Kudos to Jane Kleeb, who chairs the Nebraska Democratic Party, for writing this book. However, my fear is that her pleas will fall on deaf ears. This is my 42nd year working to help Democrats compete for and win rural votes, and I’ve never seen things this bad.

One trap that Kleeb falls into is that like many before her, she sees things too much through the farm and ranch frame. Rural America is about 20 percent rural and farmers are less than one percent of that 20 percent and shrinking. While many rural communities still depend on extractive economic sectors like fishing, forestry and mining, there are growing numbers of rural voters who live in areas for their outdoor recreation and retirement amenities.

Kleeb parrots the line that Democrats must show up and listen in rural places in order to begin turning their electoral fortunes around. She also correctly states that “we must invest real money and significant time to win again in our small towns.” Both strategies are needed to win a larger share of the rural vote. Here is the real nub of the problem. Since President Trump’s election in 2016, Democratic campaign committees, their allied super PACs and numerous Trump resistance groups have raised millions of dollars with which to fight Republicans. Sadly, it is hard to document any of it going to compete for rural and exurban voters.

Kleeb highlights Montana Senator Jon Tester who echoes the “show up and listen” mantra. But in the critical 2016 election for the Senate when Tester chaired the Democratic Senatorial Campaign Committee, he failed to create a Rural Desk that could help candidates win the rural counties in their states. Democrats blew good opportunities to flip GOP seats in: Arizona (McCain), Missouri (Blunt), North Carolina (Burr), Pennsylvania (Toomey) and Wisconsin (Johnson), and only had a net gain of two seats which left the new Senate at 52 Rs to 48 Ds for Trump’s first two years. Former Senator Russ Finegold did show up in all 72 Wisconsin counties but he never exposed Johnson’s record of voting against the 2014 Farm Bill and other key legislation affecting rural areas of the state. Tester, who represents the nation’s seventh most-rural state, has never explained why he did not hire some DSCC staffers experienced at showing candidates how to reach rural constituencies with earned and paid media, providing advice on which of their votes and policies have hurt rural interests and how to develop a field and organizing plan for campaigning in small towns and rural precincts.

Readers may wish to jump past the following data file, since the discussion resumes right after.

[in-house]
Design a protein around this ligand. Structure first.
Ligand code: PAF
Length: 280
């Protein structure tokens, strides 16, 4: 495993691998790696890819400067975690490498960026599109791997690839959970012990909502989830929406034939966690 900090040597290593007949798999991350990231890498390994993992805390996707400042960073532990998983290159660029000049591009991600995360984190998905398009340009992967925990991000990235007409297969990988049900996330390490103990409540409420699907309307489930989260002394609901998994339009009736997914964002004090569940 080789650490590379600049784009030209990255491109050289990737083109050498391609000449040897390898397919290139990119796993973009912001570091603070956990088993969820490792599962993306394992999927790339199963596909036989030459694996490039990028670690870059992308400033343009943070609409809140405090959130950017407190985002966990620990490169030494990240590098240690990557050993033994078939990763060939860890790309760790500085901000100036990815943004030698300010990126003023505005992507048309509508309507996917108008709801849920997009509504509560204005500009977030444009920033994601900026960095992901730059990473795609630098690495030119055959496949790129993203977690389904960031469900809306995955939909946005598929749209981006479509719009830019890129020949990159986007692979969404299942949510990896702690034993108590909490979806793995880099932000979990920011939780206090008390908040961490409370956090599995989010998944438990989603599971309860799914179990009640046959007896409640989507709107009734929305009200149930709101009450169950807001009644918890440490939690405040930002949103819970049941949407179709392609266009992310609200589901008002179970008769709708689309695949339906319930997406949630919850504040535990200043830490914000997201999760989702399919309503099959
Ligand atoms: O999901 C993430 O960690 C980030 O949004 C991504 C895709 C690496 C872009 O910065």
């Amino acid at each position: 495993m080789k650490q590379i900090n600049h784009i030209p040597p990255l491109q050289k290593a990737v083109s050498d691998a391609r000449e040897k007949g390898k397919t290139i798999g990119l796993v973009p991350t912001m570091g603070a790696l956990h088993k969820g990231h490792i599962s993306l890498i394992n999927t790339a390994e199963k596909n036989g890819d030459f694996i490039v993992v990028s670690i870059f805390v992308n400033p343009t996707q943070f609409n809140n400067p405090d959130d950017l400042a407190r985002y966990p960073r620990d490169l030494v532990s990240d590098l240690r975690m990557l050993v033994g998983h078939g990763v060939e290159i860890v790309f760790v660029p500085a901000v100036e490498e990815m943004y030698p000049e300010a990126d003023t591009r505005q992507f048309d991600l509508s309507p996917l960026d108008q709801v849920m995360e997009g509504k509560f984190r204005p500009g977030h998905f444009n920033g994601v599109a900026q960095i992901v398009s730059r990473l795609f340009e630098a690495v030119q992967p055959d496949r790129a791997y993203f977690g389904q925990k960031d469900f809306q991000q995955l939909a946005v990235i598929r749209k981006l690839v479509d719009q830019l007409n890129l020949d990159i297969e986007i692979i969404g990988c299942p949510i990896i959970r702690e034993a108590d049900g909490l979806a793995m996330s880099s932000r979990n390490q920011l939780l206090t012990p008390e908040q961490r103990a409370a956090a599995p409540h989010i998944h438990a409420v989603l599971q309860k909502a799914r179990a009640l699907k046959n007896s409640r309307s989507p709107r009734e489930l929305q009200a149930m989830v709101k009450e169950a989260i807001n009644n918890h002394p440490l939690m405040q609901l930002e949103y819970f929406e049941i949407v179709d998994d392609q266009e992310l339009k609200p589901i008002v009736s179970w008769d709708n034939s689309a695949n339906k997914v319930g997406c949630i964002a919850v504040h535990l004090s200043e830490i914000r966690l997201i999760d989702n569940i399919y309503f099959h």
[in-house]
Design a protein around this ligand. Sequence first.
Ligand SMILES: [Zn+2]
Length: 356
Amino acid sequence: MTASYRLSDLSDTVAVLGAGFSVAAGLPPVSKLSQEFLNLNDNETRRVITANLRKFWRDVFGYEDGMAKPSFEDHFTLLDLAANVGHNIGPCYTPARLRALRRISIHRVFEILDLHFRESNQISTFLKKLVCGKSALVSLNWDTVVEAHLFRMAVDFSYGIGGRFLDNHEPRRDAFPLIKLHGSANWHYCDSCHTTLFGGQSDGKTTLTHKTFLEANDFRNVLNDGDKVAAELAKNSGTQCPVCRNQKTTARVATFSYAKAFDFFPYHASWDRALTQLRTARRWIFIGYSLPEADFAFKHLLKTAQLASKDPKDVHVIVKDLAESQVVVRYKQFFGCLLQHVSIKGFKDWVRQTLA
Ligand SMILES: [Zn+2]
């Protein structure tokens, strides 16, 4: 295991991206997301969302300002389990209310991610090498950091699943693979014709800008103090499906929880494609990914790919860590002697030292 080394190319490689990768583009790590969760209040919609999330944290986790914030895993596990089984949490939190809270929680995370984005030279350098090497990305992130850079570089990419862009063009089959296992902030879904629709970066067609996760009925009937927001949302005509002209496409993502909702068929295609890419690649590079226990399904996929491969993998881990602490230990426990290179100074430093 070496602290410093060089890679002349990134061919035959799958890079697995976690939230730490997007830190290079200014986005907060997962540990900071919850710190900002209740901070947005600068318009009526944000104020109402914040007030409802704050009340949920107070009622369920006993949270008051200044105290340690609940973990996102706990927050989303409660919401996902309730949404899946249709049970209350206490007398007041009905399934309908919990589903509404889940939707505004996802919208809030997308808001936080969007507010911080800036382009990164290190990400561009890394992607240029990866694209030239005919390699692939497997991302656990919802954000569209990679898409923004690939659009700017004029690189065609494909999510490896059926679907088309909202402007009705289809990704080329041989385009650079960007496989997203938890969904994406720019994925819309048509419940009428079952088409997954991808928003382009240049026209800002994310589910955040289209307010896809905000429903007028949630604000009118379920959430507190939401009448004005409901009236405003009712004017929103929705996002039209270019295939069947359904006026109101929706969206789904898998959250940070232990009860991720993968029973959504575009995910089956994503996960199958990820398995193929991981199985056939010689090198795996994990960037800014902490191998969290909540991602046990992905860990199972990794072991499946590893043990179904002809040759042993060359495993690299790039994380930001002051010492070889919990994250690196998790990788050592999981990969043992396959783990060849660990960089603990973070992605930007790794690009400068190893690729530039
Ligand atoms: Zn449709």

Jane Kleeb in 2013. (Photo by Mary Anne Andrei / Bold Nebraska. Used with permission)

Prior to a chapter that recaps the fight she led to stop the Keystone XL Pipeline through the group Bold Nebraska, Kleeb cites former Senators Heidi Heitkamp of North Dakota and Claire McCaskill of Missouri among a list of ex-senators who were rural champions. This is odd because in 2015, after the Republicans captured the Senate following the 2014 midterms, one of the first  actions they took was on a bill to approve Keystone XL. Heitkamp and McCaskill joined with every Republican (except Senator Rubio who did not vote) in voting yes. And after President Obama vetoed the bill both women voted to override his veto. During her lone term, Heitkamp pocketed more than $633,000 in campaign cash from the oil and gas industry and voted with Trump 54.8 percent of the time during her last two years in office, 2017-18. Even Ben Nelson, the last Democrat from Nebraska in the Senate told Energy & Environment News in November 2011 that “I’ve never been opposed to the pipeline.”

Kleeb beats up on firms like Tyson Foods and Monsanto for their monopolistic practices in the marketplace, writing “let the Republicans defend corporate America. It’s our job to stand up for and with the people.” But again, there is a disconnect. Powerful House Democrats like Representative Collin Peterson of Minnesota and Representative Richard Neal of Massachusetts who chair the committees on Agriculture and Ways and Means, respectively, are adept at carrying water for BigAg and Wall Street because they raise so much of their political donations from these corporate special interests. Heitkamp and McCaskill each accepted thousands of dollars in contributions from Tyson, Monsanto and Costco (which wants to build massive chicken production facilities in a small Nebraska town).